Absolutely right! The silence and the beauty of the desert found its way into my heart and soul. Magical is the only way to describe the millions of stars lighting up a dark night. The many campfires dotted around the campsites blazed in harmony with the passion I was experiencing.
On this particular day I had a revelation. I had not had a real thought since I entered this sacred place. It was as if someone had pressed the ‘pause’ button on my life, the life I had left behind in Melbourne for a time.
I knew I had a partner and children. I knew I had a home and bills to come back to, and yet they seemed to belong to someone else, not the woman covered in red dust at that moment; not the woman listening to the dingoes in the early morning or watching eagles fly in the heat of the day; not the woman exploring her divine feminine spirit through ceremony.
At that moment in time, I got it; I really got it! It was all about me – there really was nothing else in that moment.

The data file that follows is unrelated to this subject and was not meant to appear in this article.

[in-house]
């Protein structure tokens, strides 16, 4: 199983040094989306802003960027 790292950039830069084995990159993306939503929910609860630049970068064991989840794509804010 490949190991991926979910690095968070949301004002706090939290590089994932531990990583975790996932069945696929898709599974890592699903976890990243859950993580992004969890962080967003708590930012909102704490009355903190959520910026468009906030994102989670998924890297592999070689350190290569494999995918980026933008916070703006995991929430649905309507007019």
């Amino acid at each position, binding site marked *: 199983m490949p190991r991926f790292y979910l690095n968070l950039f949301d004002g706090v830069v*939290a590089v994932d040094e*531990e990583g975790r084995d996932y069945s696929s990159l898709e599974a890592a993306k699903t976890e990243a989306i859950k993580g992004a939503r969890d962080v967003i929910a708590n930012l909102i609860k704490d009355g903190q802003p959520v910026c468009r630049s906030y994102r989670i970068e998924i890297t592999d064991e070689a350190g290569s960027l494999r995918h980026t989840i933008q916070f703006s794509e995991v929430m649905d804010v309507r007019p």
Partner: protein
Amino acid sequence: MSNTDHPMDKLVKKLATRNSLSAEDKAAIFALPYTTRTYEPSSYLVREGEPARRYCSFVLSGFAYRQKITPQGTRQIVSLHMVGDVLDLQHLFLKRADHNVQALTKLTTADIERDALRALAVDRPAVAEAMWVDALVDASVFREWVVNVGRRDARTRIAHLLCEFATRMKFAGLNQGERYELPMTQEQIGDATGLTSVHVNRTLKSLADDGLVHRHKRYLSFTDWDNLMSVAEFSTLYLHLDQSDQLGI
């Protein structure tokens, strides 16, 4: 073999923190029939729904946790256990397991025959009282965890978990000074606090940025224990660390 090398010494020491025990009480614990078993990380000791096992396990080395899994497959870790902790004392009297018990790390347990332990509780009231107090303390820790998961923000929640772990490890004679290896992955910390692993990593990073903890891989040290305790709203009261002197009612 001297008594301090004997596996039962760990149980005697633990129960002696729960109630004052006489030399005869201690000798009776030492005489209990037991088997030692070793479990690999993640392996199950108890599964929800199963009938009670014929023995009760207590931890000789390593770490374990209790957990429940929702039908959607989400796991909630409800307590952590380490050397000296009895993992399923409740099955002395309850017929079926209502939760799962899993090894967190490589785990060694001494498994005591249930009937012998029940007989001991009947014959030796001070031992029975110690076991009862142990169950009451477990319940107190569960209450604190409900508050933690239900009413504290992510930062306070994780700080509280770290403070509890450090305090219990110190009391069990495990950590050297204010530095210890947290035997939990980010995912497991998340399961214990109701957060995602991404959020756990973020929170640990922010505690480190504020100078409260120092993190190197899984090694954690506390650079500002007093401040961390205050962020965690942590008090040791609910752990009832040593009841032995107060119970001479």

I have travelled back to the desert twice more and each time it has brought a deepening awareness of my true self. The elders have allowed us to experience a new sacred place whenever we are called to ceremony. These gracious women share a little more of themselves and their culture each time we are with them in the desert.
I feel very fortunate that I was called to experience this ancient culture. White women are only now, in recent years, being offered the opportunity to share in the desert ceremonies that have their origins thousands of years in Australia’s history. These glorious women touch you deep within your heart and soul.
My life changed the moment I met a stranger who offered me the opportunity to answer a call I first heard years before.
I had allowed my intuitive self to guide me every step of the way – even when I did not realise why I was selling my furniture or why I was attending a talk I wasn’t particularly interested in. I just trusted each and every step and, by doing so, I was gifted with the fulfillment of a journey that had begun years before in my visions and dreams. I pushed through any pain and discomfort and accepted my rightful place on this particular journey and I was rewarded with an experience far beyond my wildest dreams. This dream had come full circle to manifestation and I knew that this was just the beginning of a new journey, a new cycle for me.
I know I will return again and again to the desert, which I consider my spiritual home. When I hear the call – I answer ‘Yes, I am coming.’